One of my favorite things to ask politicians and school administrators is to explain who sets the vision for public education in Utah.
It’s not an easy question. I don’t think there is a right answer.
At least, candidates at a recent debate I moderated didn’t get any closer than I have to articulating one.
That doesn’t mean people won’t claim to have one. But merely having a vision doesn’t count if you
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can’t untangle it from the weeds of a complicated process. Without a vision and direction, we have to rely on chance for any hope of progress.
And while it’s fashionable for pundits to belittle voters for not being engaged enough to understand how things work, this is one area where you may be excused for feeling confused.
Candidates for governor like to make people think they set the vision. But the governor has a bully pulpit and little else. He or she may be in a position to push or prod or convene a task force or two, but nothing happens if the other players don’t agree.
Because it writes laws, the Legislature can do a lot, and not all of it good. Lawmakers like to impose exams and other requirements on students or teachers, and they decide how much money to allocate, which is a source of great power. But you don’t often get a clear vision out of a collection of 104 people.
Sydnee Dickson, the superintendent of public instruction, has a vision-setting job, but when I laid all this out and asked her earlier this year to explain who really steers the direction, she deadpanned, “Are you trying to say there are a lot of people with their fingers in the pie?”
Yes, and we all know how good pie is when everyone has touched it.
Dickson’s commitment is “to (carry) out the vision of the Utah State Board of Education,” according to a quote on the board’s website.
And while we’re on that subject, this year the state Board of Education is more democratically elected than it has been in many years.
That’s because, two years ago this month, U.S. District Judge Clark Waddoups ruled it was unconstitutional for the governor to select state school board candidates from a list that had been winnowed by a committee.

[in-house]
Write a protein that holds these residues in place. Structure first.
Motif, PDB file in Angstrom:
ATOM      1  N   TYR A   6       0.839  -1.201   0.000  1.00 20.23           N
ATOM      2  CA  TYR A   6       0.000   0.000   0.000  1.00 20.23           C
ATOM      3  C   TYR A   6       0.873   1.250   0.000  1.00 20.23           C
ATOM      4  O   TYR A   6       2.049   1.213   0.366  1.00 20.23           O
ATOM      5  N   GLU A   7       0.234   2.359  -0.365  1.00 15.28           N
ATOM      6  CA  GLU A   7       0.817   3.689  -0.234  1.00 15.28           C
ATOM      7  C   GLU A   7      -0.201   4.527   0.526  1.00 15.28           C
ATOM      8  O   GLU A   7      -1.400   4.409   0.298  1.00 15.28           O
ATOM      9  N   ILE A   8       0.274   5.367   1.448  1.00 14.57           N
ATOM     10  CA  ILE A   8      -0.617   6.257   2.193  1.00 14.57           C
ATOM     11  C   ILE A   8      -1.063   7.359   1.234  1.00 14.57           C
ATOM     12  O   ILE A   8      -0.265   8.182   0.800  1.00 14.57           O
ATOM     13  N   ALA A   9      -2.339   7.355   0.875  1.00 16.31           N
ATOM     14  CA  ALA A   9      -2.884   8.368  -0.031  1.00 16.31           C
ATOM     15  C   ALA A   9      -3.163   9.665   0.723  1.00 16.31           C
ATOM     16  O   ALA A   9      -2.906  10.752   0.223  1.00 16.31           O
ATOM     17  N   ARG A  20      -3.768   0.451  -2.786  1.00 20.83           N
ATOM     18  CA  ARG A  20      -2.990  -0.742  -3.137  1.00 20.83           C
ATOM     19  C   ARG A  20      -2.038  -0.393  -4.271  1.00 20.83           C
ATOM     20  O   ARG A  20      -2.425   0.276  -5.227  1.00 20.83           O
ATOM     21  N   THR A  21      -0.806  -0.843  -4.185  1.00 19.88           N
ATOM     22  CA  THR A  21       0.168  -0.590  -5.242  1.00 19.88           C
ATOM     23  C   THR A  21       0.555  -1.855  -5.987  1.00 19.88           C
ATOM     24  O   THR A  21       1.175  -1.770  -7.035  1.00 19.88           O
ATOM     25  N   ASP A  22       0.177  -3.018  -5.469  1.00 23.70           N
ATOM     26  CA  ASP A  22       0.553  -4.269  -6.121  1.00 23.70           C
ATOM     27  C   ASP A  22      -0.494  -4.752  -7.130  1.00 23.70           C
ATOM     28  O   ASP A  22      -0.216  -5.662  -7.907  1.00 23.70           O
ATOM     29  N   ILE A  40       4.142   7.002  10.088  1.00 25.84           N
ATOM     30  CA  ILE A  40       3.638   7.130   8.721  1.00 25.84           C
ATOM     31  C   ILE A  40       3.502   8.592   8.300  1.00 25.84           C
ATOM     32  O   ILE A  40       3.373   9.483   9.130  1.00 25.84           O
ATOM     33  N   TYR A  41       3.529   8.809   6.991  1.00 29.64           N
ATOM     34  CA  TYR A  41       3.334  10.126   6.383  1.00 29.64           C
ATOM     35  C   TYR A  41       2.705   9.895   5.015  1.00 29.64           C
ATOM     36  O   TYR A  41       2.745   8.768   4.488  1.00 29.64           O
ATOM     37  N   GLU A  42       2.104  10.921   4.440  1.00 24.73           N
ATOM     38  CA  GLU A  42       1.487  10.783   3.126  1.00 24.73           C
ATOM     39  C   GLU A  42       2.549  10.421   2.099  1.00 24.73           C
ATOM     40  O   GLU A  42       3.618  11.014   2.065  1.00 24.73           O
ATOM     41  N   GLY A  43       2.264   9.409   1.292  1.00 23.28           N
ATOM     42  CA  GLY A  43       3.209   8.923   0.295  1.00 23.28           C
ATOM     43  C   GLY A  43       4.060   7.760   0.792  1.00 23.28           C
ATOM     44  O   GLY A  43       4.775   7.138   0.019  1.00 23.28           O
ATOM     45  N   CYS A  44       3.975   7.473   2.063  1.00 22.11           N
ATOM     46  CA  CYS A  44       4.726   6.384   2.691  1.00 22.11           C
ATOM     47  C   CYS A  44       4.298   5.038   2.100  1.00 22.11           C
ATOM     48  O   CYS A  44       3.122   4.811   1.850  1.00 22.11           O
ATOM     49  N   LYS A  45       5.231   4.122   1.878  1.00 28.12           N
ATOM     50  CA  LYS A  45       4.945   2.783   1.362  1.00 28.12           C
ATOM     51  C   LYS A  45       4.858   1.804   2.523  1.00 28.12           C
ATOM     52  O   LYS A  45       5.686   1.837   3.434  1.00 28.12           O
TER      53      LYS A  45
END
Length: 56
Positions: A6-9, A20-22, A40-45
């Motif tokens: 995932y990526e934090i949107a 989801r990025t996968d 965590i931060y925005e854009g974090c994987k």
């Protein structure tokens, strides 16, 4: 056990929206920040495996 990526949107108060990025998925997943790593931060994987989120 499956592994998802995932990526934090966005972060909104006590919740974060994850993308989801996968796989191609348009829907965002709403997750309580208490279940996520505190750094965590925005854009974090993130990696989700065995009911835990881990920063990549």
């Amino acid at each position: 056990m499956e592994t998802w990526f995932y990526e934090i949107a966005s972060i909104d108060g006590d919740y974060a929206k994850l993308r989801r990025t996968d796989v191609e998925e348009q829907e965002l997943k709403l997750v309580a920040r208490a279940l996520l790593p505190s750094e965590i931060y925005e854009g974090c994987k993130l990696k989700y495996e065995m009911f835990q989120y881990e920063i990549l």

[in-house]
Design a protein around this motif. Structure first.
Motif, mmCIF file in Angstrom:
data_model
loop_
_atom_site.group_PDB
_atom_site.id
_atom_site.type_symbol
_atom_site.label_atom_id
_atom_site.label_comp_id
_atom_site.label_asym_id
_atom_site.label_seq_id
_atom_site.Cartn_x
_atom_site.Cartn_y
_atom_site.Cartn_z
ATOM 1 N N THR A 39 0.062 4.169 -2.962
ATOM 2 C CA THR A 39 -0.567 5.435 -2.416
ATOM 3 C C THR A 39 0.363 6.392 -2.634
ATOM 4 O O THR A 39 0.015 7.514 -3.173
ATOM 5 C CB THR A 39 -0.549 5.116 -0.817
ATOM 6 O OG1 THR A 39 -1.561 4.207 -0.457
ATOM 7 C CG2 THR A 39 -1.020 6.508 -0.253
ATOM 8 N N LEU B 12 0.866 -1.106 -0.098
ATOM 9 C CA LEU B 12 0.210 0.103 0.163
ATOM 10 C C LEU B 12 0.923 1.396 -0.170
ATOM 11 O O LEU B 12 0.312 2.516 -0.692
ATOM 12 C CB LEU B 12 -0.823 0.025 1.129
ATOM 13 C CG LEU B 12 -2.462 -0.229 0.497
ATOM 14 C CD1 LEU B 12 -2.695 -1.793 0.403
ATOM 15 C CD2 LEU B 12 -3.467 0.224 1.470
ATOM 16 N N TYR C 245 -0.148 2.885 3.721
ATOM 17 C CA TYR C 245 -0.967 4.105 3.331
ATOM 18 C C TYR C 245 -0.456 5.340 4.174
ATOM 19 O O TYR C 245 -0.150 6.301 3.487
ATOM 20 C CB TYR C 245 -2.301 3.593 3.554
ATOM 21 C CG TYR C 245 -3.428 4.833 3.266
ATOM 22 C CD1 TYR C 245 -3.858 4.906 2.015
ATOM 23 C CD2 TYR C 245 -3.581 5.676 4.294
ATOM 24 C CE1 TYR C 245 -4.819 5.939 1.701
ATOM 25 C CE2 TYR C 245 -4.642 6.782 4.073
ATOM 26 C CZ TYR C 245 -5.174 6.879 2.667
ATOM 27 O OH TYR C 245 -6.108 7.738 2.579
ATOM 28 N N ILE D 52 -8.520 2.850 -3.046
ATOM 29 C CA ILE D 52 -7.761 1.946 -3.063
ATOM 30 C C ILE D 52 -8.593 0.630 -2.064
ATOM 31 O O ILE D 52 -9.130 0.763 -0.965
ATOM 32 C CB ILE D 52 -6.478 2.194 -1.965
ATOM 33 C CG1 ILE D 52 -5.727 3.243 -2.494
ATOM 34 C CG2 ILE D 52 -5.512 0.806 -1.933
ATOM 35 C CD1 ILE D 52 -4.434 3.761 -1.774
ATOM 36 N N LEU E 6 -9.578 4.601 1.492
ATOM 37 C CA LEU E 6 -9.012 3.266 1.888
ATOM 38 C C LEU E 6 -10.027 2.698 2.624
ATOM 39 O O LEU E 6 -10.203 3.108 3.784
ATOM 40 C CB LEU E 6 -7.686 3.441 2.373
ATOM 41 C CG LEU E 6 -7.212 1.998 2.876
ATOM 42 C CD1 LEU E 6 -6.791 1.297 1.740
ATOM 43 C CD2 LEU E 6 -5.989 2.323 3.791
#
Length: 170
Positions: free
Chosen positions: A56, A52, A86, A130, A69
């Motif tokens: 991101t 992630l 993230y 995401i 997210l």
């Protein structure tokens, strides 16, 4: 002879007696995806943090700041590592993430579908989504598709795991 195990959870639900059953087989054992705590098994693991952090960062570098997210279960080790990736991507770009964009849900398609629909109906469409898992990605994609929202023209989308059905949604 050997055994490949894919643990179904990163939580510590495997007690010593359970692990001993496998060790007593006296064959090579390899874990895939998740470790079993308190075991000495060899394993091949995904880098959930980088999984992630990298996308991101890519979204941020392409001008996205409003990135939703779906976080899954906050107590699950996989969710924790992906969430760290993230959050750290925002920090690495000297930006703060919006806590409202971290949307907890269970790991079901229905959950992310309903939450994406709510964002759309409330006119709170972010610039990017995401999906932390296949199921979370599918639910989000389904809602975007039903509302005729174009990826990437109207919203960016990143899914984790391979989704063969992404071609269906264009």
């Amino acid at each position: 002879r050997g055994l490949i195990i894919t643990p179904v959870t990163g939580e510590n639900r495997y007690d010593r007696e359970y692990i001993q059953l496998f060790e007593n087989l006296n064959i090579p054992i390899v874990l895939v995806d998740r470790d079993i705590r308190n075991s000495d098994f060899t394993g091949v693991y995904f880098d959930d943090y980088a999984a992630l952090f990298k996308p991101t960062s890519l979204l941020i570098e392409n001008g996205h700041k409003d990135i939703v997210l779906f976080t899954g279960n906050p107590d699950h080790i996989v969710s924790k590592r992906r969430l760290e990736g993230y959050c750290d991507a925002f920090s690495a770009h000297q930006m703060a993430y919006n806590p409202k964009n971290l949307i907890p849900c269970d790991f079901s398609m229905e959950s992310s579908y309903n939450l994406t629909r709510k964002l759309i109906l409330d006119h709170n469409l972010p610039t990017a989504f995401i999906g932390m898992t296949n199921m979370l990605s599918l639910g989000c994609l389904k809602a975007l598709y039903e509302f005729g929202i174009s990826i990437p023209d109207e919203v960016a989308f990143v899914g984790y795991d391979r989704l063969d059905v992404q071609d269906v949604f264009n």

Several candidates had sued, claiming the system was a violation of their right to free speech. The judge agreed, and the governor suddenly had less power of education than before.
So this year, if you live in one of the eight district seats up for grabs, you probably had a chance to vote in a primary election. All but one district attracted more than two candidates.
I had the privilege of moderating primary and general election debates in some of these districts. The debates were sponsored by the Utah Debate Coalition. You can find information on candidates in your district through its website, utahdebatecoalition.com. You can listen to recordings of the debates on http://www.ksl.com/?sid=40324039&nid=148.
But of course, the state school board is only one education decision awaiting you at the ballot box. You may have to decide local school board races. You may face bond elections for school construction. You may be confused as to who controls what.
Earlier this month, the state school board released its latest set of letter grades for Utah’s public schools. Just over half were given A’s or B’s. The number of failing schools grew from the previous year, even though some of them performed better.
The only thing that grew more, it seemed, was the feeling of frustration on all sides.
But the board wasn’t to blame. The Legislature set the process in motion and decided to recalculate the grades if scores were higher. The board was charged with administering it all.
Some may say it’s good to have a system so complicated that no one with an agenda can hijack it. There is logic to that. But at a time when schools are struggling for ways to become globally competitive against the challenges of a growing and diverse population, a system can become too complicated for its own good.